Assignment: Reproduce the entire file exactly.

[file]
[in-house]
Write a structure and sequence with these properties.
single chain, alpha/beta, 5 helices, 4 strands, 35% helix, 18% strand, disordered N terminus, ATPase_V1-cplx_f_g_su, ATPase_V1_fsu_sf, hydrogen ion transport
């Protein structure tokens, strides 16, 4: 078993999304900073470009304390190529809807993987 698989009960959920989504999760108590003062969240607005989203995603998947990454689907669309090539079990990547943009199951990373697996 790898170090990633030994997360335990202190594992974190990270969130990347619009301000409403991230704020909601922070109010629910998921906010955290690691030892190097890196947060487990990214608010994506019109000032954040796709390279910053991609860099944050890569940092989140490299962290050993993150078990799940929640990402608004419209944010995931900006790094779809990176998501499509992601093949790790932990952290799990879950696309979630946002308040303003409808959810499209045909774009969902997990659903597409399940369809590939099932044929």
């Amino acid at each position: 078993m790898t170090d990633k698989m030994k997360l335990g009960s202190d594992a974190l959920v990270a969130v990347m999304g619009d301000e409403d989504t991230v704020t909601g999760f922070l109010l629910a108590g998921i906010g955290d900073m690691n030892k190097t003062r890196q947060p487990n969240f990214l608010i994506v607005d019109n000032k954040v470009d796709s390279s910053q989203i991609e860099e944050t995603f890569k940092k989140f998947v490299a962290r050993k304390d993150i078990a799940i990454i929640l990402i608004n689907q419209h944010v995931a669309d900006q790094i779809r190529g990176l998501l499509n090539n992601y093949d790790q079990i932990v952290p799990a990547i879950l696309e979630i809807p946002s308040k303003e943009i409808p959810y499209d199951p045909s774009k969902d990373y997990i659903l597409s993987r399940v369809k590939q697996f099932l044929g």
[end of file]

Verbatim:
[in-house]
Write a structure and sequence with these properties.
single chain, alpha/beta, 5 helices, 4 strands, 35% helix, 18% strand, disordered N terminus, ATPase_V1-cplx_f_g_su, ATPase_V1_fsu_sf, hydrogen ion transport
């Protein structure tokens, strides 16, 4: 078993999304900073470009304390190529809807993987 698989009960959920989504999760108590003062969240607005989203995603998947990454689907669309090539079990990547943009199951990373697996 790898170090990633030994997360335990202190594992974190990270969130990347619009301000409403991230704020909601922070109010629910998921906010955290690691030892190097890196947060487990990214608010994506019109000032954040796709390279910053991609860099944050890569940092989140490299962290050993993150078990799940929640990402608004419209944010995931900006790094779809990176998501499509992601093949790790932990952290799990879950696309979630946002308040303003409808959810499209045909774009969902997990659903597409399940369809590939099932044929």
């Amino acid at each position: 078993m790898t170090d990633k698989m030994k997360l335990g009960s202190d594992a974190l959920v990270a969130v990347m999304g619009d301000e409403d989504t991230v704020t909601g999760f922070l109010l629910a108590g998921i906010g955290d900073m690691n030892k190097t003062r890196q947060p487990n969240f990214l608010i994506v607005d019109n000032k954040v470009d796709s390279s910053q989203i991609e860099e944050t995603f890569k940092k989140f998947v490299a962290r050993k304390d993150i078990a799940i990454i929640l990402i608004n689907q419209h944010v995931a669309d900006q790094i779809r190529g990176l998501l499509n090539n992601y093949d790790q079990i932990v952290p799990a990547i879950l696309e979630i809807p946002s308040k303003e943009i409808p959810y499209d199951p045909s774009k969902d990373y997990i659903l597409s993987r399940v369809k590939q697996f099932l044929g």